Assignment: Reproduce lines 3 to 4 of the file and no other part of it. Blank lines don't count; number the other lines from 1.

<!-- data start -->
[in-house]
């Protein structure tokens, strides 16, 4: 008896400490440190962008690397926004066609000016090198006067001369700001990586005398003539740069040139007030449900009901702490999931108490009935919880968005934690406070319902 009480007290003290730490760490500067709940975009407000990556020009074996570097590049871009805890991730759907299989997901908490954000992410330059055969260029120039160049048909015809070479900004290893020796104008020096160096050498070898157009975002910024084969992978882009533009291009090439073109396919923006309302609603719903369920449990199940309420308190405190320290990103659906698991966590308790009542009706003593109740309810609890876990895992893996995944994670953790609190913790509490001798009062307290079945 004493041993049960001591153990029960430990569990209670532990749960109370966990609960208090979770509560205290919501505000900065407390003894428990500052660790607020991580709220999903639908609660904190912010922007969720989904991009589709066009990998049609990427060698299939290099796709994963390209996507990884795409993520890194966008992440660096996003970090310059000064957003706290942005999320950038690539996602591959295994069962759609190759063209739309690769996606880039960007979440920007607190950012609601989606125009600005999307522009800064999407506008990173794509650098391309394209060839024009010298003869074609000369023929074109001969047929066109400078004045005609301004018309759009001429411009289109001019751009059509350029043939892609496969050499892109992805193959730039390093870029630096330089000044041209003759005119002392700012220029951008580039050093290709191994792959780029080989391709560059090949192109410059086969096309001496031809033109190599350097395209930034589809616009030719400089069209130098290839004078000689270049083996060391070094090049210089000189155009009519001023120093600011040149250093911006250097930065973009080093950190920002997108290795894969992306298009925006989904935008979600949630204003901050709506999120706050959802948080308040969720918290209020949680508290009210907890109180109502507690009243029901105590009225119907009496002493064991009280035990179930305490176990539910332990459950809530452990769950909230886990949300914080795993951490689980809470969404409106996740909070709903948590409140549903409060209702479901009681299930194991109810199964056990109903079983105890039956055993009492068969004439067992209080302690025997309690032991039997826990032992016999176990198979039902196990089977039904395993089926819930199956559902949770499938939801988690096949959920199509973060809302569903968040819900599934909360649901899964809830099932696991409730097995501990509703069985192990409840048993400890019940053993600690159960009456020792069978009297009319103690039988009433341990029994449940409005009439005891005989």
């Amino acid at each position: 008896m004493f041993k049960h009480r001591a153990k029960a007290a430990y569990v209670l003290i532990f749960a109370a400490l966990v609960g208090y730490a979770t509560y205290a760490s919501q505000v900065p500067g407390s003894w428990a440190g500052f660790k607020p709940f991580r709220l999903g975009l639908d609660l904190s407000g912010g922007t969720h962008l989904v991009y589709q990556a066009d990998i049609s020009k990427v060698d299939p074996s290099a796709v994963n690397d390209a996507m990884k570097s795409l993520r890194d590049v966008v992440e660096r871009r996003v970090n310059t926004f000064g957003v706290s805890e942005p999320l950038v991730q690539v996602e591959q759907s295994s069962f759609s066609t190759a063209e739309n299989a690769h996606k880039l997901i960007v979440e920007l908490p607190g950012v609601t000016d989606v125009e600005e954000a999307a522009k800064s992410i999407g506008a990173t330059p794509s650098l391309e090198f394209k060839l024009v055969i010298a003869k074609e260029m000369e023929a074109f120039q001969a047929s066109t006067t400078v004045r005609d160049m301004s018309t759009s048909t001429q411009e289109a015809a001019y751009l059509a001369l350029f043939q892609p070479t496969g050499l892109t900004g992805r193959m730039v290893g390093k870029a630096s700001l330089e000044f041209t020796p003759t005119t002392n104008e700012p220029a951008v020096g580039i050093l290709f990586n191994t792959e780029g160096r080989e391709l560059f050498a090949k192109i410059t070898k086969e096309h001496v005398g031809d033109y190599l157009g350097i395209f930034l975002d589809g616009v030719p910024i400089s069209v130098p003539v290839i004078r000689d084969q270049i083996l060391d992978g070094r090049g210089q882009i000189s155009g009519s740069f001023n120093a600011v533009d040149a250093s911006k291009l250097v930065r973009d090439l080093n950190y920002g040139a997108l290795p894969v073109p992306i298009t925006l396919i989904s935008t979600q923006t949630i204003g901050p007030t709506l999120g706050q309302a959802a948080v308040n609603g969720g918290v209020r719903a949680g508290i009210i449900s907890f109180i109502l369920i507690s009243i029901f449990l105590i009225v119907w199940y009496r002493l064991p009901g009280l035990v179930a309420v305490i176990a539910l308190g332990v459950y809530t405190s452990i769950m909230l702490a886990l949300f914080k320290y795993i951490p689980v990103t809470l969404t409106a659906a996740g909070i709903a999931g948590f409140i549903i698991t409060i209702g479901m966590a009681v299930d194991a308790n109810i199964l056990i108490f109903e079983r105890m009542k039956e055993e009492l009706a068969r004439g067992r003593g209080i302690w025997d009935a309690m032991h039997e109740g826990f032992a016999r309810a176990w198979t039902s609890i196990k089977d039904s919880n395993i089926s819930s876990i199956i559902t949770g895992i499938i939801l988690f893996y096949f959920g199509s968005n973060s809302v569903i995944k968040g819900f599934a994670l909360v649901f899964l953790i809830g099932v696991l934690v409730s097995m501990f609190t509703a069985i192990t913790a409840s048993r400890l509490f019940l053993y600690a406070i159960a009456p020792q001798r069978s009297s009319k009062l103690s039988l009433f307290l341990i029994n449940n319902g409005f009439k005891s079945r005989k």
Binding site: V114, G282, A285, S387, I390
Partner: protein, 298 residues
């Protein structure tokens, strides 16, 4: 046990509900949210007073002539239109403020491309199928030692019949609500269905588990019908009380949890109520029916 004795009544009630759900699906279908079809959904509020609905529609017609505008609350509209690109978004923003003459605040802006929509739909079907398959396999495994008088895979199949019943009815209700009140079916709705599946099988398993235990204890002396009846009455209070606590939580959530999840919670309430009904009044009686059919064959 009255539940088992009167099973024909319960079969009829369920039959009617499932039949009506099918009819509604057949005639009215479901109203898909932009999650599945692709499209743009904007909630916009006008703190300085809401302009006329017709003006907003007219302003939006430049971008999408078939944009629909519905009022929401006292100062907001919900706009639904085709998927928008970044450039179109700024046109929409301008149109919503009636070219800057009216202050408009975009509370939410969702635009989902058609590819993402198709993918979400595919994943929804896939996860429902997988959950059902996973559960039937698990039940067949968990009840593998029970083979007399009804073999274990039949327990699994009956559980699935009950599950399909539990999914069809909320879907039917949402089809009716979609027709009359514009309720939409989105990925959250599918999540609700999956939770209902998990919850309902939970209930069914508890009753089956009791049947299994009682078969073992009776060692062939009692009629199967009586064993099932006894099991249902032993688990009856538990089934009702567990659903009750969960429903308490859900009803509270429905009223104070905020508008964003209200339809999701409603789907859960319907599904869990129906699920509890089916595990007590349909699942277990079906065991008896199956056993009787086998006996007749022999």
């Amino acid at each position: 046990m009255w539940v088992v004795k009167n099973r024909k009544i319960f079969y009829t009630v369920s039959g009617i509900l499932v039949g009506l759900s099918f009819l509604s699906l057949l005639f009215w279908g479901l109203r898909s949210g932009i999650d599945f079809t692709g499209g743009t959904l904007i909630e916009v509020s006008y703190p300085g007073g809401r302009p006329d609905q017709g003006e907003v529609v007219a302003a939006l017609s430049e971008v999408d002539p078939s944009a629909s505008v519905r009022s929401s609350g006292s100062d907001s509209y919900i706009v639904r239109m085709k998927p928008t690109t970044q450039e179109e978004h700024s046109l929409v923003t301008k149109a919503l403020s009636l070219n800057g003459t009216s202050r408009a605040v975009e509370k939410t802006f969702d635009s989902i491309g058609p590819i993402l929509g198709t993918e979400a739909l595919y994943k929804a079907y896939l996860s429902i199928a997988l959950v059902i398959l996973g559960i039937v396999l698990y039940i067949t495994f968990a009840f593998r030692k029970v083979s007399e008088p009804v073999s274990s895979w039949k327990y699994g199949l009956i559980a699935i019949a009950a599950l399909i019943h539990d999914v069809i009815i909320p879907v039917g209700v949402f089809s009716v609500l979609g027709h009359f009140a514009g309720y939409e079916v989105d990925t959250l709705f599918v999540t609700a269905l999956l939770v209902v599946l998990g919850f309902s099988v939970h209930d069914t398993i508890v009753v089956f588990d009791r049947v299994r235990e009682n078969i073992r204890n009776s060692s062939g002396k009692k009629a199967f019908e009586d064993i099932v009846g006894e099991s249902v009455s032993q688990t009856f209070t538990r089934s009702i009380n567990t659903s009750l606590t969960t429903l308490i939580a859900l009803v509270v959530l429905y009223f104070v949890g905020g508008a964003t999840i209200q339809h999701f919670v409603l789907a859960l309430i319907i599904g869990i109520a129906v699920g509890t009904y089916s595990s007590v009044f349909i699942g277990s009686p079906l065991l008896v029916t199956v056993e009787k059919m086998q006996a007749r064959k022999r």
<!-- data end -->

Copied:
């Amino acid at each position: 008896m004493f041993k049960h009480r001591a153990k029960a007290a430990y569990v209670l003290i532990f749960a109370a400490l966990v609960g208090y730490a979770t509560y205290a760490s919501q505000v900065p500067g407390s003894w428990a440190g500052f660790k607020p709940f991580r709220l999903g975009l639908d609660l904190s407000g912010g922007t969720h962008l989904v991009y589709q990556a066009d990998i049609s020009k990427v060698d299939p074996s290099a796709v994963n690397d390209a996507m990884k570097s795409l993520r890194d590049v966008v992440e660096r871009r996003v970090n310059t926004f000064g957003v706290s805890e942005p999320l950038v991730q690539v996602e591959q759907s295994s069962f759609s066609t190759a063209e739309n299989a690769h996606k880039l997901i960007v979440e920007l908490p607190g950012v609601t000016d989606v125009e600005e954000a999307a522009k800064s992410i999407g506008a990173t330059p794509s650098l391309e090198f394209k060839l024009v055969i010298a003869k074609e260029m000369e023929a074109f120039q001969a047929s066109t006067t400078v004045r005609d160049m301004s018309t759009s048909t001429q411009e289109a015809a001019y751009l059509a001369l350029f043939q892609p070479t496969g050499l892109t900004g992805r193959m730039v290893g390093k870029a630096s700001l330089e000044f041209t020796p003759t005119t002392n104008e700012p220029a951008v020096g580039i050093l290709f990586n191994t792959e780029g160096r080989e391709l560059f050498a090949k192109i410059t070898k086969e096309h001496v005398g031809d033109y190599l157009g350097i395209f930034l975002d589809g616009v030719p910024i400089s069209v130098p003539v290839i004078r000689d084969q270049i083996l060391d992978g070094r090049g210089q882009i000189s155009g009519s740069f001023n120093a600011v533009d040149a250093s911006k291009l250097v930065r973009d090439l080093n950190y920002g040139a997108l290795p894969v073109p992306i298009t925006l396919i989904s935008t979600q923006t949630i204003g901050p007030t709506l999120g706050q309302a959802a948080v308040n609603g969720g918290v209020r719903a949680g508290i009210i449900s907890f109180i109502l369920i507690s009243i029901f449990l105590i009225v119907w199940y009496r002493l064991p009901g009280l035990v179930a309420v305490i176990a539910l308190g332990v459950y809530t405190s452990i769950m909230l702490a886990l949300f914080k320290y795993i951490p689980v990103t809470l969404t409106a659906a996740g909070i709903a999931g948590f409140i549903i698991t409060i209702g479901m966590a009681v299930d194991a308790n109810i199964l056990i108490f109903e079983r105890m009542k039956e055993e009492l009706a068969r004439g067992r003593g209080i302690w025997d009935a309690m032991h039997e109740g826990f032992a016999r309810a176990w198979t039902s609890i196990k089977d039904s919880n395993i089926s819930s876990i199956i559902t949770g895992i499938i939801l988690f893996y096949f959920g199509s968005n973060s809302v569903i995944k968040g819900f599934a994670l909360v649901f899964l953790i809830g099932v696991l934690v409730s097995m501990f609190t509703a069985i192990t913790a409840s048993r400890l509490f019940l053993y600690a406070i159960a009456p020792q001798r069978s009297s009319k009062l103690s039988l009433f307290l341990i029994n449940n319902g409005f009439k005891s079945r005989k």
Binding site: V114, G282, A285, S387, I390